> design?I need ur suggestions.Can u commend some book for me?How to
> write the system specification?How to construct the system model?How
> to verify in system level?What tool and language should I use?
> 
>       And now,I use FPGA/CPLD to implement my design,I also want to
> know some methods about static timing analyze of FPGA/CPLD.
>       Thanks a lot.
> 
Generally an education is what you expect coming _out_ of school, not 
going _in_.*

The biggest suggestion I can make?  Lose the heavy text message accent. 
  ur txtbks dnt do it, so why in heck should you?


* Miles Vorkosigan, from Louis McMaster Bujold's "A Summer Campaign".

-- 

Tim Wescott
Wescott Design Services
http://www.wescottdesign.com

Posting from Google?  See http://cfaj.freeshell.org/google/

"Applied Control Theory for Embedded Systems" came out in April.
See details at http://www.wescottdesign.com/actfes/actfes.html

Article: 105379
Subject: Re: JED file translator
From: "sjulhes" <t@aol.fr>
Date: Fri, 21 Jul 2006 07:56:27 +0200
Links: << >>  << T >>  << A >>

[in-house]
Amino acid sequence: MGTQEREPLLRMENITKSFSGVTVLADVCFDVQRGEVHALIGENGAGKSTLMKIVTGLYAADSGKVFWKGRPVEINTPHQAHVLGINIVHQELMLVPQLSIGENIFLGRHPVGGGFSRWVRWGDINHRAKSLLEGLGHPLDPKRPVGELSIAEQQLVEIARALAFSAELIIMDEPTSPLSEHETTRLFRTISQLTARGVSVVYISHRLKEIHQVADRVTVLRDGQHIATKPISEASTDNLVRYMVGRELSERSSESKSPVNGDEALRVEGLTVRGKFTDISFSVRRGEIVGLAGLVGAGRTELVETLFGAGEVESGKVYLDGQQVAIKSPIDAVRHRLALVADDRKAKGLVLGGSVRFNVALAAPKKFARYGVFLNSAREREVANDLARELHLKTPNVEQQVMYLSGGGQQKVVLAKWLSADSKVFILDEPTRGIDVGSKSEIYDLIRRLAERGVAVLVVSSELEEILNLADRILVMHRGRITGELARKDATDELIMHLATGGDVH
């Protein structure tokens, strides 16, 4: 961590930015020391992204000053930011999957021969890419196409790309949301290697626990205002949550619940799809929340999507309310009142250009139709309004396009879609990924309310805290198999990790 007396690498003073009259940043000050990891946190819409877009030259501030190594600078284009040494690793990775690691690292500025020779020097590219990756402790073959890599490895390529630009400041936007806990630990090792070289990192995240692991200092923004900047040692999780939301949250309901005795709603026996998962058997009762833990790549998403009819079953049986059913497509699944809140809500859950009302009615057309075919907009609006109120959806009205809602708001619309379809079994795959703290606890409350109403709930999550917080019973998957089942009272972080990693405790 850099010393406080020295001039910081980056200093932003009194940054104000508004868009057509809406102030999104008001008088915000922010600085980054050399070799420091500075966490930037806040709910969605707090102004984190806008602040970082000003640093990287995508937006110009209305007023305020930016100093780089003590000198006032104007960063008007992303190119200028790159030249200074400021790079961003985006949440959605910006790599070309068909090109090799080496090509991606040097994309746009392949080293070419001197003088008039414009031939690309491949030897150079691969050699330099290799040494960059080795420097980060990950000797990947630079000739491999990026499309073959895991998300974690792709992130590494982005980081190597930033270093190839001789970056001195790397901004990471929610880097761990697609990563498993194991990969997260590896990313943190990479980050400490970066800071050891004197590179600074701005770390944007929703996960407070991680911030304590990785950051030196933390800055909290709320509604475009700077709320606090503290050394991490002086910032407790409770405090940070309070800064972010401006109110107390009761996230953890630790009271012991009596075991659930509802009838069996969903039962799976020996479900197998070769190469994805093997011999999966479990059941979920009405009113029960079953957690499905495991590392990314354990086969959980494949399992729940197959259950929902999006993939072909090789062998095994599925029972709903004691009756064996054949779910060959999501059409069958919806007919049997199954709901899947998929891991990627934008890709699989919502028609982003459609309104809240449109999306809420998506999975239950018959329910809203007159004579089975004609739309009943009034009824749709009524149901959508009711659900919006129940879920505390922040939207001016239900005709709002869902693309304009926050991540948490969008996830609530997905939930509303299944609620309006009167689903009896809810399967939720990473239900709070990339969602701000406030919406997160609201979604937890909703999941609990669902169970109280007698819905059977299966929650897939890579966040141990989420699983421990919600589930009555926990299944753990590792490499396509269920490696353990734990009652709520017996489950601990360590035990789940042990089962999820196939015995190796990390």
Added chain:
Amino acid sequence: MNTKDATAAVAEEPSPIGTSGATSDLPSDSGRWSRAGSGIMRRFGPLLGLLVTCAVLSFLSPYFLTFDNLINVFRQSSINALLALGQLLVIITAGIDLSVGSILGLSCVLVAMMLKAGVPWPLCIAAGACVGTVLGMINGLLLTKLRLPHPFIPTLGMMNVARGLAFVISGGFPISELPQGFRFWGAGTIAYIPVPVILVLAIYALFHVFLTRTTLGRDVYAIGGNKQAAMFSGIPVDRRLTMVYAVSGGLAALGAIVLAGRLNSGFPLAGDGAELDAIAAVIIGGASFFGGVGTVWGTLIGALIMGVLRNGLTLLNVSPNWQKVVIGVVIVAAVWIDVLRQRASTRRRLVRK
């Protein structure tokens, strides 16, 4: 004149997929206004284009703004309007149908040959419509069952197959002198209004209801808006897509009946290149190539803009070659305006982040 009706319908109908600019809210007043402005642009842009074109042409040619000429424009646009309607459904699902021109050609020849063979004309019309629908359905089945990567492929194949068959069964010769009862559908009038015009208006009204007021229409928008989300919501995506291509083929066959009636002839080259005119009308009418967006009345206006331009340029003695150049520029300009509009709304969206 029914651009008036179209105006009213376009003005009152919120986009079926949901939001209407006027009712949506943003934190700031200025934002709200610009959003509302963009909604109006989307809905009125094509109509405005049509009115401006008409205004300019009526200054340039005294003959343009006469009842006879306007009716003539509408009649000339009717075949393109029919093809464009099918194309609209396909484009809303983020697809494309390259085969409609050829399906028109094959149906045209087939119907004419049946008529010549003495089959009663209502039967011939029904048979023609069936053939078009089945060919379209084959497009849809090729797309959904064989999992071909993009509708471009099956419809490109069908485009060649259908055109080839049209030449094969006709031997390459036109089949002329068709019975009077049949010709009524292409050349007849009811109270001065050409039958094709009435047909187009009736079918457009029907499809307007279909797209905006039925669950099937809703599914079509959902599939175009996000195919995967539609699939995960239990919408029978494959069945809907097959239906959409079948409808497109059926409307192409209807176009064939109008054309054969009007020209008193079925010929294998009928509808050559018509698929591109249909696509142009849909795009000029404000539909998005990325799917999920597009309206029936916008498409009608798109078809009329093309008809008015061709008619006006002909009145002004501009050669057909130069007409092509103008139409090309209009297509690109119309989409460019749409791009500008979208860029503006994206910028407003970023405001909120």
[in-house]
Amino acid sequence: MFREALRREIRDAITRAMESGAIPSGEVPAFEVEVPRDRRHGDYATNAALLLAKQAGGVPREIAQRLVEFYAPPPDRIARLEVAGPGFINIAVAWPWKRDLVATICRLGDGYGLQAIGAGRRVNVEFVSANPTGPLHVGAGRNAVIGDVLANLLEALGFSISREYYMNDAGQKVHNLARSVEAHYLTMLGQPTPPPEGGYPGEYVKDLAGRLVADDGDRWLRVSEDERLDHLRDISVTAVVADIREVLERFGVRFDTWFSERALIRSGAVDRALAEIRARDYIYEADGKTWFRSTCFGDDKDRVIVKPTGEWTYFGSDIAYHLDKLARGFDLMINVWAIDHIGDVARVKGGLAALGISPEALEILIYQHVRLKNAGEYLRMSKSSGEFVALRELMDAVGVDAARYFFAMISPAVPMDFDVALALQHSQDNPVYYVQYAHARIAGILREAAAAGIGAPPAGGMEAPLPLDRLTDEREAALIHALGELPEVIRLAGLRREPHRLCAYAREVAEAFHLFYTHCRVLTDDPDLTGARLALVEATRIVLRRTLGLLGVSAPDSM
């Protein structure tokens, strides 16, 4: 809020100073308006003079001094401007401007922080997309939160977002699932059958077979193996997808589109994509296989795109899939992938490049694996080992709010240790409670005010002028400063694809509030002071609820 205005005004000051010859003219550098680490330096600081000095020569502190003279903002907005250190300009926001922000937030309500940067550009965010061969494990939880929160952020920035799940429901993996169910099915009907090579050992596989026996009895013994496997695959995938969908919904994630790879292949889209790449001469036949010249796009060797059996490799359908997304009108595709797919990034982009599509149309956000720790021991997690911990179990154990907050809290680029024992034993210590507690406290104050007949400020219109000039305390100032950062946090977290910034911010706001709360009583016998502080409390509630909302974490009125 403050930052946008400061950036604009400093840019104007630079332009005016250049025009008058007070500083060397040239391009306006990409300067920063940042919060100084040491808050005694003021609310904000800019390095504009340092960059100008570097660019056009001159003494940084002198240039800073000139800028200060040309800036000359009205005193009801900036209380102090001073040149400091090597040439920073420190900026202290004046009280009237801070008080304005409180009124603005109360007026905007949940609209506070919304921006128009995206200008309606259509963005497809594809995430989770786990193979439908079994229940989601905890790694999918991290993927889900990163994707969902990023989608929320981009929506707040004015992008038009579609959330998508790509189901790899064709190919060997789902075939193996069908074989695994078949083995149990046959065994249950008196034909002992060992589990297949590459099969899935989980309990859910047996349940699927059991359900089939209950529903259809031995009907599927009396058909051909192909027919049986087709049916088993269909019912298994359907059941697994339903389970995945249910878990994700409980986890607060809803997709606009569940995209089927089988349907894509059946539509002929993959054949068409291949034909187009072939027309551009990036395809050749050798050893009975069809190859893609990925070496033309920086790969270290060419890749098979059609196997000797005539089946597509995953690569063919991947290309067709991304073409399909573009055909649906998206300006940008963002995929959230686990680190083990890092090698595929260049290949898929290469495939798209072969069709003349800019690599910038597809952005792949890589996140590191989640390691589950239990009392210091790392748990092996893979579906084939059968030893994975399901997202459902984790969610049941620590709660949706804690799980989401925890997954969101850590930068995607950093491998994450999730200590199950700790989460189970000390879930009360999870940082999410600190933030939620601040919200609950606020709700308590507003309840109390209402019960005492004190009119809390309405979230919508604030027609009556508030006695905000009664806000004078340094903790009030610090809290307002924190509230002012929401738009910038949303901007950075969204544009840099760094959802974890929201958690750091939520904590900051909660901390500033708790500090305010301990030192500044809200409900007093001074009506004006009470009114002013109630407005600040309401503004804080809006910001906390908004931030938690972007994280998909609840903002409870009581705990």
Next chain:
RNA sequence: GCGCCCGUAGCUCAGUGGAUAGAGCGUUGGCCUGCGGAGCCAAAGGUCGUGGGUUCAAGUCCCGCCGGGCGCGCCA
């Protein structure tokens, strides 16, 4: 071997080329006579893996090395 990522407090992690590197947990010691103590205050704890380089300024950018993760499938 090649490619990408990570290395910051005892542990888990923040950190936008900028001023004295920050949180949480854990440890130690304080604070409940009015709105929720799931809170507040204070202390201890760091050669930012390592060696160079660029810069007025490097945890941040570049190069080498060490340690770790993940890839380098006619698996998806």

Thanks we managed to do it !

Stphane.

"Jim Granville" <no.spam@designtools.co.nz> a crit dans le message de news: 
44bd552f$1@clear.net.nz...
> sjulhes wrote:
>> Hi all,
>>
>> I have a JED file for an old PAL device  and I have to put this design in 
>> an EPLD.
>> Is there a tool that can read the JED file and translate it to any usable 
>> language (vhdl, verilog or other ) ???
>>
>> Have you any tip for this handling JED files ??
>
> Some choices:
> * Some device programmers will do this : eg PGM 16V8 as 16L8 etc
> * Anachips WinPLACE will take old JEDs and create JEDs for their SPLDs
>   [but it seems to not create an EQN report, which would have been 
> sensible.. ]
> * Search for JED2EQN, from Natsemi's ancient Opal sw
> * reverse engineer of JEDs is not complex, but is a task best avoided...
>
> -jg
> 



Article: 105380
Subject: Re: tutorial searching
From: "David" <aresolimpico@gmail.com>
Date: 20 Jul 2006 23:43:19 -0700
Links: << >>  << T >>  << A >>
i did it before ask but i didnt find anithing good
and thanks for your great post
motty wrote:
> Doing an Internet search helps things sometimes.
>
> David wrote:
> > hi
> > i am new whit this technology.
> > so anyone have or know about a good tutorial of fpga vhdl etc...
> > i bougth the spartan-3E starter kit
> > thanks
> > 
> > David


Article: 105381
Subject: Re: clock hold time problems reported in quartus II
From: "oopere" <oopere@netscape.net>